Sunday, May 19, 2024
Sunday May 19, 2024
Sunday May 19, 2024

Cloning success: Three black-footed ferrets created to boost endangered species conservation



New advancements in cloning technology are playing a pivotal role in preserving the genetic diversity of the endangered black-footed ferret.

In a groundbreaking conservation effort, the U.S. Fish and Wildlife Service has announced the successful cloning of two additional black-footed ferrets, Noreen and Antonia, bringing the total to three individuals cloned from the same genetic source. This milestone is part of a broader strategy to increase the genetic diversity and resilience of this species, which has faced near extinction.

The cloning initiative began with Elizabeth Ann, the first cloned black-footed ferret and the first cloned U.S. endangered species, born in 2021. While Elizabeth Ann faced challenges in breeding due to reproductive issues not associated with her cloned status, the focus has now shifted to her genetic siblings, Noreen and Antonia. These new clones share their DNA with Willa, one of the original seven ferrets that constituted the last known wild members of their species.

In the early 1980s, a dramatic turn of events led to the rediscovery of black-footed ferrets in Wyoming when a ranch dog brought a dead ferret home. This discovery spurred immediate conservation actions, including the capture of seven individuals who became the founders of a captive breeding program. The current population of black-footed ferrets, now reintroduced across several regions in North America, are all descendants of these seven, highlighting a critical bottleneck in genetic diversity.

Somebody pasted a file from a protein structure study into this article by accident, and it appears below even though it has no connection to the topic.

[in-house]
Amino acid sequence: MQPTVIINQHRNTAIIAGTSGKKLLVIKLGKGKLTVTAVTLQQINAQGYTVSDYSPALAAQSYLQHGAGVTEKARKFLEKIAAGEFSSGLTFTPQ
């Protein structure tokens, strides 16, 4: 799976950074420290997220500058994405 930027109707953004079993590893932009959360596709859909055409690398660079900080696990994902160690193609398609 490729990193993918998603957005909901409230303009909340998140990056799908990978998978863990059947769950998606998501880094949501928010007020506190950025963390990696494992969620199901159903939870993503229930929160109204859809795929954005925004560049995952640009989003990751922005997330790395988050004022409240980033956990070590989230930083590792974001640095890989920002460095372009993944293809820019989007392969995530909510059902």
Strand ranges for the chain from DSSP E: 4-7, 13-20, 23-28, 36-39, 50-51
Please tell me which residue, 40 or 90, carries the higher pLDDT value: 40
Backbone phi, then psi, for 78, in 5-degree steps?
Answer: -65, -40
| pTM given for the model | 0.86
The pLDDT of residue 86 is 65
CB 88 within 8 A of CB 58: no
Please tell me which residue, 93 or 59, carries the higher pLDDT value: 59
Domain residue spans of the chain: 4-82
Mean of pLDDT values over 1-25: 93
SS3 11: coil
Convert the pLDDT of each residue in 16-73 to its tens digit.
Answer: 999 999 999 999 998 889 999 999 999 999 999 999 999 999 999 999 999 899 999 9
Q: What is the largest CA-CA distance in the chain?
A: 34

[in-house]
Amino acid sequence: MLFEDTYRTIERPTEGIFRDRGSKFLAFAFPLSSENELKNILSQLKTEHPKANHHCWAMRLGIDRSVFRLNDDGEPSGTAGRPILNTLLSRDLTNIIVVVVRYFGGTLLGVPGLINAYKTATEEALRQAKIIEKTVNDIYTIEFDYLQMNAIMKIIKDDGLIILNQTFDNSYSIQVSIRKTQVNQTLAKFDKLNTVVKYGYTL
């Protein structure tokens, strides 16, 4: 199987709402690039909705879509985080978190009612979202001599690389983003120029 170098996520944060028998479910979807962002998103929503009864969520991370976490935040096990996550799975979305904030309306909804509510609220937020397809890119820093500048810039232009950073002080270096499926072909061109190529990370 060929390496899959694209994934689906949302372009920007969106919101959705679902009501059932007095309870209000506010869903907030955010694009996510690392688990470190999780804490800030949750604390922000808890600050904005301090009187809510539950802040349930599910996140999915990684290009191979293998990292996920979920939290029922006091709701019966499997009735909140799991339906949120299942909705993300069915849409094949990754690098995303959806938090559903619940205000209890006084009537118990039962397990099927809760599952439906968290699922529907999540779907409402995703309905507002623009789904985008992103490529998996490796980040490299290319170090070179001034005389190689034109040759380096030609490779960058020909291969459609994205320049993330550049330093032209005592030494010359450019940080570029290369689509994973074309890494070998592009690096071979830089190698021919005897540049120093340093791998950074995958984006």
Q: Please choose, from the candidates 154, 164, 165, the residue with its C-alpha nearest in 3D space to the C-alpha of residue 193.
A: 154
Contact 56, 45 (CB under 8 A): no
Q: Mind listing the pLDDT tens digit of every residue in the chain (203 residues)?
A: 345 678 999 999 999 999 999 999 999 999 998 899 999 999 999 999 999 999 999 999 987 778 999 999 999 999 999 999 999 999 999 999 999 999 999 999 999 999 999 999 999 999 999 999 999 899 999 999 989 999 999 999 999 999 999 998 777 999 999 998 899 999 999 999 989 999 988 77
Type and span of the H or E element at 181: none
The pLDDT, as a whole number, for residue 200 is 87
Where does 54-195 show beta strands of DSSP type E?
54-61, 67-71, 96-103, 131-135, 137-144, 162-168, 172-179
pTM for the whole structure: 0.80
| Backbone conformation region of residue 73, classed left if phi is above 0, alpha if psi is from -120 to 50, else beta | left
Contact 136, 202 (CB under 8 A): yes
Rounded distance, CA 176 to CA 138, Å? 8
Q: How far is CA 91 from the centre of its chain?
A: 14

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Willa’s remains were preserved and stored at the San Diego Zoo Wildlife Alliance’s Frozen Zoo, proving invaluable for these cloning efforts. Her genetic makeup contains approximately three times more unique genetic variations than what is found in the current ferret population. By leveraging these genes, conservationists hope to introduce a broader genetic base into the ferret population, enhancing their resilience to disease and environmental changes.

The biologists involved plan to commence breeding trials with Noreen and Antonia once they reach maturity later this year. The births, which occurred last May, were not announced immediately as the team prioritized scientific rigour and ongoing conservation priorities, according to Joe Szuszwalak, a spokesman for the Fish and Wildlife Service.

Cloning, which involves creating a new plant or animal from the genes of an existing one, was facilitated through collaboration between the Fish and Wildlife Service, various zoo and conservation organizations, and ViaGen Pets & Equine, a company that also has experience cloning horses and domestic pets.

This scientific achievement not only underscores the potential of cloning in wildlife conservation but also poses important ethical and ecological questions about the role of biotechnology in preserving endangered species. As these cloned ferrets grow and potentially contribute to their species’ gene pool, they will serve as important test cases for the feasibility of cloning as a tool for conservation.


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